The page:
Squirrels (week 3, day 3)

The most notable feature of the house wasn’t the architecture or the location, it was the laundry chute. Occupying less than an eighth of the hallway, the laundry chute drew the attention of everyone who entered, drawing forth questions or comments, within moments of being ushered past the threshold. The house had seen its fair share of owners over the years and, no matter how the home was decorated or who lived there, the chute held center stage.

It was a purely functional item. It operated as expected without needing brute force to open or close. It was placed well for swallowing the laundry generated by entertaining since it sat just outside the kitchen and near the dining room. Even the downstairs powder room was within a few steps. And it was perfectly normal for a house to have a laundry chute in the first place, especially since it had been built in the mid nineteen hundreds when it was all the rage to have a washing machine in the basement.

What drew the eye was its ornamentation. The door of the chute was, simply, a work of art. The average house guest wouldn’t know it but there was an opening on each floor that, taken together, were designed to tell a story. If you started with the door on the main level and worked your way up, you were treated to a story of growth while, if you started at the top floor and worked your way down, you experienced a story of loss. Even without the knowledge of the story (or stories), the doorway on the main floor almost demanded attention.

The door was made out of metal that had been shaped with such care it looked as if it had been painted. Many people who were drawn to it touched it before saying anything, needing to make contact with it to believe it was, in fact, just a door. It was a work of art that draws the viewer in, made even more compelling by it’s unexpected location and purpose.

At the center of the doorway was an image of a young man. Even though there was no color to the image most people assumed he was wearing blue pants that buttoned just below the knee and had blue straps over each shoulder. His shirt was imagined by most to be white and flowing. The scene around him was imagined to be full of color – bright green grass with small yellow flowers, dark green tree leaves exploding from deep brown branches, and a soft blue sky with puffy white clouds in the sky. In his hands he held a flute. It was being held at his chest as he gazed at the route ahead of him, seemingly unbothered by the squirrel who was behind him, hanging onto his glute with its tiny claws.

Max walked past the laundry chute multiple times each day and looked at it every single time. He had done the same that morning as he headed into the kitchen and was thinking about the boy as he began to sauté his breakfast. 

Route to Peace

Route to Peace (Week 2, Day 3)

“What’s in your hand?” Rita held her hand out in front of her and waited for her son to do the same.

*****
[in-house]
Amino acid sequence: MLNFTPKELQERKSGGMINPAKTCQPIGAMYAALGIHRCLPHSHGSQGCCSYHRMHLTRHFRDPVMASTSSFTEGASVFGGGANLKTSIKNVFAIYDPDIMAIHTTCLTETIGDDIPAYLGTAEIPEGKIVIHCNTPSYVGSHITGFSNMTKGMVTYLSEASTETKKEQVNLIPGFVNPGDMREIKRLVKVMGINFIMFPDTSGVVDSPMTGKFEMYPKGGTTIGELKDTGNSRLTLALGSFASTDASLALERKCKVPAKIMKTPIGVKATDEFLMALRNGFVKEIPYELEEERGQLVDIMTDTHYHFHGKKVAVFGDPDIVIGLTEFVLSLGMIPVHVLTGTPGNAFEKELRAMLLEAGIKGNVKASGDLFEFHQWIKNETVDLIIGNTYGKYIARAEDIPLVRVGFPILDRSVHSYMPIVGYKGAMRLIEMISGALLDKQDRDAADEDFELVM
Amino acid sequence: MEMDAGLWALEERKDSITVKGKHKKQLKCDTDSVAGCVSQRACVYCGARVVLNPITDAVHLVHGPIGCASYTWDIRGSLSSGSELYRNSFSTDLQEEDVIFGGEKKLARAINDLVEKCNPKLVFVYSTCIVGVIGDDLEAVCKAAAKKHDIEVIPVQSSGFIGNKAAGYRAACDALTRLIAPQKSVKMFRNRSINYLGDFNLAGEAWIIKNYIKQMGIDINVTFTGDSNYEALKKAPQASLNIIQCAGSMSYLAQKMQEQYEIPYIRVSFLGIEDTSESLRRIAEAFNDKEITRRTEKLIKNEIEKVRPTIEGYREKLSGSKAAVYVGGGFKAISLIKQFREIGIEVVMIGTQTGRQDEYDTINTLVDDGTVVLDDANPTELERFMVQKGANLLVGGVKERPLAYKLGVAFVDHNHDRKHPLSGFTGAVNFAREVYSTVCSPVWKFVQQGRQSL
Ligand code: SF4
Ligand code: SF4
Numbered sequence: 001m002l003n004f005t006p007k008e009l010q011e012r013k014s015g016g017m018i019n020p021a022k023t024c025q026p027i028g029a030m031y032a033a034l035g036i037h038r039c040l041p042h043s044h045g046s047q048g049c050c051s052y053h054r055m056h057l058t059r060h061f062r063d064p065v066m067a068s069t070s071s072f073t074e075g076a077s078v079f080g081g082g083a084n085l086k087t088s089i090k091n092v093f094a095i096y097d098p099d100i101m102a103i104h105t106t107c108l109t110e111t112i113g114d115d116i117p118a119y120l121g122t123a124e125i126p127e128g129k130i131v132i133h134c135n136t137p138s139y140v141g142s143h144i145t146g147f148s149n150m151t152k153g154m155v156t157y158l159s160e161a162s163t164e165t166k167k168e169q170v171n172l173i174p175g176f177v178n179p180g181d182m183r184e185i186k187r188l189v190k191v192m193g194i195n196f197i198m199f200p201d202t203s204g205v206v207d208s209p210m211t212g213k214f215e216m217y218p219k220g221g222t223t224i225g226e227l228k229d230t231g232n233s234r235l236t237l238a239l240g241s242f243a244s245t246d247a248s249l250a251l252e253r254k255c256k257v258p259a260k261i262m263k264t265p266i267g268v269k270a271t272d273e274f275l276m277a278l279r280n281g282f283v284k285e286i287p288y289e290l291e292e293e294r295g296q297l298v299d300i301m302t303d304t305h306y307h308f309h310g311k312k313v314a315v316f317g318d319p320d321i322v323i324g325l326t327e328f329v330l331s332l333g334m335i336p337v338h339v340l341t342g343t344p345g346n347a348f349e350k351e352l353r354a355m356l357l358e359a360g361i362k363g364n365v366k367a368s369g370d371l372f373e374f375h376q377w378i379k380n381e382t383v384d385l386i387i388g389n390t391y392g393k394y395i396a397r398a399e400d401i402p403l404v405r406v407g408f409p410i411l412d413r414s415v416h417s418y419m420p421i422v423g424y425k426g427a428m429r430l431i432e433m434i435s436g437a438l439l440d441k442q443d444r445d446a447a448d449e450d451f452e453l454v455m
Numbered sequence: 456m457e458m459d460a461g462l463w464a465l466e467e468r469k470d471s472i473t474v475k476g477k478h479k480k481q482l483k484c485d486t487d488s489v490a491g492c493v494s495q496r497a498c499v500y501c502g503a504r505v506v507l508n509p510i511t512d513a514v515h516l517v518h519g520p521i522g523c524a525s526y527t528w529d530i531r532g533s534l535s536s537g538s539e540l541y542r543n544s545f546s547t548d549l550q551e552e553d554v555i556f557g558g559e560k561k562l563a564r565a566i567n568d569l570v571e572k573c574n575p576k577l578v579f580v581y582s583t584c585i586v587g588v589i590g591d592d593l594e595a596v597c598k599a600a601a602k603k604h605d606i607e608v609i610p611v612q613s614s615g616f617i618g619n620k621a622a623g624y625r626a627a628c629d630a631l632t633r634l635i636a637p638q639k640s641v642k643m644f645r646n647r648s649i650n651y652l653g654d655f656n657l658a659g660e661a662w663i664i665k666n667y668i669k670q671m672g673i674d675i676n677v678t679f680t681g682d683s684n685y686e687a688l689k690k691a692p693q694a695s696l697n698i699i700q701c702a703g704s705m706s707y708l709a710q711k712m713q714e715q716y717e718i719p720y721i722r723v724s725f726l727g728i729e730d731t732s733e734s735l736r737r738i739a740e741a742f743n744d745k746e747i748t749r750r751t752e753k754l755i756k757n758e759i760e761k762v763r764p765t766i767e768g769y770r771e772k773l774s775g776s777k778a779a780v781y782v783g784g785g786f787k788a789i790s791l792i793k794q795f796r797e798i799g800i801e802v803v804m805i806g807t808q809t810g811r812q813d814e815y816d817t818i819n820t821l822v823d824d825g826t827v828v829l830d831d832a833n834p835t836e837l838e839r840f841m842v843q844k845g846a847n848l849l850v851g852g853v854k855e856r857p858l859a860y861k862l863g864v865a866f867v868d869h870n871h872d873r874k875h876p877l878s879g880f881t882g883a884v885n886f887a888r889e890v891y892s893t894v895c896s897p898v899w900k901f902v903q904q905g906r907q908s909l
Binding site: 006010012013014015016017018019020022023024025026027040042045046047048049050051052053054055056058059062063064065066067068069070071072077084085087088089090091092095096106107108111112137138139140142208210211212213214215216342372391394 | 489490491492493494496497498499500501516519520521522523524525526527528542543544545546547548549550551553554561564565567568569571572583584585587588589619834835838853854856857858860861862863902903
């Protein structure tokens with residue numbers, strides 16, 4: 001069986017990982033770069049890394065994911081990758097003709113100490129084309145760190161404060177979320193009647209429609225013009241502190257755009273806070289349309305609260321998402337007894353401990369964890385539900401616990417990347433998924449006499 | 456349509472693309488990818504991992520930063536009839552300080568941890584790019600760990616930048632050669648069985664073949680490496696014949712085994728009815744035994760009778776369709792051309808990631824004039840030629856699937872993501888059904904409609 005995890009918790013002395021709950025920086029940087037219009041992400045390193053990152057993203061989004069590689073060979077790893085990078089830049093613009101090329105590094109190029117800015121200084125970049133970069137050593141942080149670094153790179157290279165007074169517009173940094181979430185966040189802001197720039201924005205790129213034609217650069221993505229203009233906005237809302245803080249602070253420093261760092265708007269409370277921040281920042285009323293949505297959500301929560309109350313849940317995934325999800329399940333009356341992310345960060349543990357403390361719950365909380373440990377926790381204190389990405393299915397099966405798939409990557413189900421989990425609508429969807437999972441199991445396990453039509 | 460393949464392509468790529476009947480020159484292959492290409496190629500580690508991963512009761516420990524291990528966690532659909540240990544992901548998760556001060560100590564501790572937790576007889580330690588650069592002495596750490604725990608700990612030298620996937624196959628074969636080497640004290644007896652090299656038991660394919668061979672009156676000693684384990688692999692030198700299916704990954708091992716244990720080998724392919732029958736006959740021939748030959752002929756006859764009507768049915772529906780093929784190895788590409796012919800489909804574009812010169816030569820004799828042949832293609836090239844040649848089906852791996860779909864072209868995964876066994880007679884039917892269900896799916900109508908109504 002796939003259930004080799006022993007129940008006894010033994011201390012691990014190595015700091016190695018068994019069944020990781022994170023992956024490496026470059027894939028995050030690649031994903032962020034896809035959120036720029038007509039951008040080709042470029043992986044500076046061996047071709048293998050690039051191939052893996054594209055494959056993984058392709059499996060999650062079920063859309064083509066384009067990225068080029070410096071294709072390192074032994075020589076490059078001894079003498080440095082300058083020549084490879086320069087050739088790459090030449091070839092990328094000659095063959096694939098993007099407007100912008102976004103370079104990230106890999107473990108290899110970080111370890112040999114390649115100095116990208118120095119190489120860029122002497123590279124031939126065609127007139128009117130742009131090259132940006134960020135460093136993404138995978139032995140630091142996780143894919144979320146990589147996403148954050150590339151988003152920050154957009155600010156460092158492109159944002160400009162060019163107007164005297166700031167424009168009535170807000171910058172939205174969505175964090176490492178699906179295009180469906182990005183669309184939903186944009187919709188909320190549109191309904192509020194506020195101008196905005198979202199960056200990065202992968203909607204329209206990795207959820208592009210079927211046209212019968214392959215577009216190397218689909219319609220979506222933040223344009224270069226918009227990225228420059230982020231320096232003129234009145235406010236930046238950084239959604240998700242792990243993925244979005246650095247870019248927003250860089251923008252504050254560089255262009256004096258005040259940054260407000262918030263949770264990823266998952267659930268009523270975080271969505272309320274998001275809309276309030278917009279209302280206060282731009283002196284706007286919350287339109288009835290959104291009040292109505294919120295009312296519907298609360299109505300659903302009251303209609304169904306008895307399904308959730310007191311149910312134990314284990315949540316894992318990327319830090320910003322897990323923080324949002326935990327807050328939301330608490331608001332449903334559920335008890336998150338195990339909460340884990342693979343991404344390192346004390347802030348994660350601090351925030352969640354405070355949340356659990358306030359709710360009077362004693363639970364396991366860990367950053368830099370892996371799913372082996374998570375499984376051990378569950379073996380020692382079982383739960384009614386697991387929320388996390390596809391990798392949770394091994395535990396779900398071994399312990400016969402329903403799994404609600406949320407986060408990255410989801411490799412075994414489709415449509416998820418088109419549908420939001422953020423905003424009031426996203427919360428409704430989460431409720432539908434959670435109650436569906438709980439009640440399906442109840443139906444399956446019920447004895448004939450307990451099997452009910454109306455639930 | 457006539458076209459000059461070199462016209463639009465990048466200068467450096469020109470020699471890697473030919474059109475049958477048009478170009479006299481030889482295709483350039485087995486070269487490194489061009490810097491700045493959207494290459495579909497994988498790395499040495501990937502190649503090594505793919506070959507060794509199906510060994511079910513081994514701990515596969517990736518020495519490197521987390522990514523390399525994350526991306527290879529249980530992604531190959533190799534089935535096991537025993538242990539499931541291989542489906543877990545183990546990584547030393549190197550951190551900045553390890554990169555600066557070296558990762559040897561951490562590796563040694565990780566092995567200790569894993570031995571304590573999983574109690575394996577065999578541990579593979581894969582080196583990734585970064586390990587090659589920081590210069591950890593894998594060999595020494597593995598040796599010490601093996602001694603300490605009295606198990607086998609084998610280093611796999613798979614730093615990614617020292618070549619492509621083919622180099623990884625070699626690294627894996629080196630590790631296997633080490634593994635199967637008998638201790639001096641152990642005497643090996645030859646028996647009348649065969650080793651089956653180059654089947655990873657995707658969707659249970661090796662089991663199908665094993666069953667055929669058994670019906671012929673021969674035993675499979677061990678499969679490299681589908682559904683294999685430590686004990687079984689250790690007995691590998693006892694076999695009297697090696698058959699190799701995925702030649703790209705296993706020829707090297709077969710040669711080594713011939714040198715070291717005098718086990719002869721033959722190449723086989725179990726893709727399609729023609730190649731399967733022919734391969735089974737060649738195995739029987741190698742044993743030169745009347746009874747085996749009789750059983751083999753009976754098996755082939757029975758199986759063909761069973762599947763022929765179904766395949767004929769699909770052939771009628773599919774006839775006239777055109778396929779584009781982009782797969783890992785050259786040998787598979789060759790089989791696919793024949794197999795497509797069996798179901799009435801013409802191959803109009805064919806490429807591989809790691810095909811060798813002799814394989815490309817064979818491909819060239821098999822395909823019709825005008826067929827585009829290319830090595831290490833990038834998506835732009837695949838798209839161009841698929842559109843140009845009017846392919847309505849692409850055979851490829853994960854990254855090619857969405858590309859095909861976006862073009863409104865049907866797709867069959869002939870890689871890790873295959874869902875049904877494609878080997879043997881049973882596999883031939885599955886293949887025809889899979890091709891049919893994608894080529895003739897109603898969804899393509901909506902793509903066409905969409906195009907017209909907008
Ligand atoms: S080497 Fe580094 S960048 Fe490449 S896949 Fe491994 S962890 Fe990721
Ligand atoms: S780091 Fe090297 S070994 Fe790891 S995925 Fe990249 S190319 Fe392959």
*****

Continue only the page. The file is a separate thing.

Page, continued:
“Do I have to show you, mama?”

Rita looked at his round face and worked hard to keep her expression stern even though she wanted to melt. “What do you think?”

“I think I have to show you.” Kwante’s face crumpled and his bottom lip popped forward into the sweetest pout.

“You open your hand and I’ll watch you.” Rita pulled her hand back and rested it on her knee. “I won’t touch whatever you have, I’ll just listen.”

Kwante kept his head down and slowly opened up his hand to reveal a small shell. “His name is Fatty.”

“What now?”

“His name is Fatty.”

Rita started to reach for the shell and Kwante closed his fingers and pulled his hand to his chest. “You said you won’t touch!”

“I’m sorry, I’m sorry.” Rita put her hands up in front of her. “You’re right. I won’t touch. Why did you name the shell Fatty?”

Kwante gave her a skeptical side eye as he opened his hand again. “He’s not a shell, mama. He’s a snail.”

“A snail?” Rita stood up and backed away in the same breath. “Where did you find a snail?”

“He found me, mama. I didn’t try to find him.” Kwante took a big breath, blew it out, and added, “that’s not all the way true.”

Eyebrows up, Rita asked, “what part isn’t true, Kwante?” When Kwante answered in a whisper too quiet for Rita to hear she lowered herself down onto the ground and crossed her legs. “Come on, Kwante, tell mama.”

“I made him find me, mama. So I have to take care of him.”

“You’re going to need to line some things up for me, Kwante, because I am not understanding right now.”

Kwante’s eyes widened and he leaned forward, keeping the snail close to his heart. “I did it from Yoga, mama. He found me because of the yoga.”

It took everything Rita had to keep from laughing out loud at his earnest pronouncement. They had been doing yoga together every morning for about a month at the recommendation of Kwante’s teacher. The woman had bent over her desk and scribbled for a few minutes before handing Rita a piece of paper with little drawings of stick figures in different shapes. The top of the sheet was labeled “Hatha Helpers – A Route to Peace” which had made Rita need to stifle a giggle. The whole thing was beyond out of Rita’s comfort zone but, for Kwante, she would do almost anything. Almost.

“Kwante, I don’t think snails do yoga, and I know I don’t want a snail in our apartment.” Rita stood up. “You need to return that snail to the grass or wherever you found it and we need to go.”

Shaking his little head Kwante closed his fingers around the snail again. “Mama, please? Fatty needs to come home with us. He found me and we match.”

This is part of the 2022 500-Word Short Story project. Comment with “Tell me more” if you’d like to vote for this to move to the next round.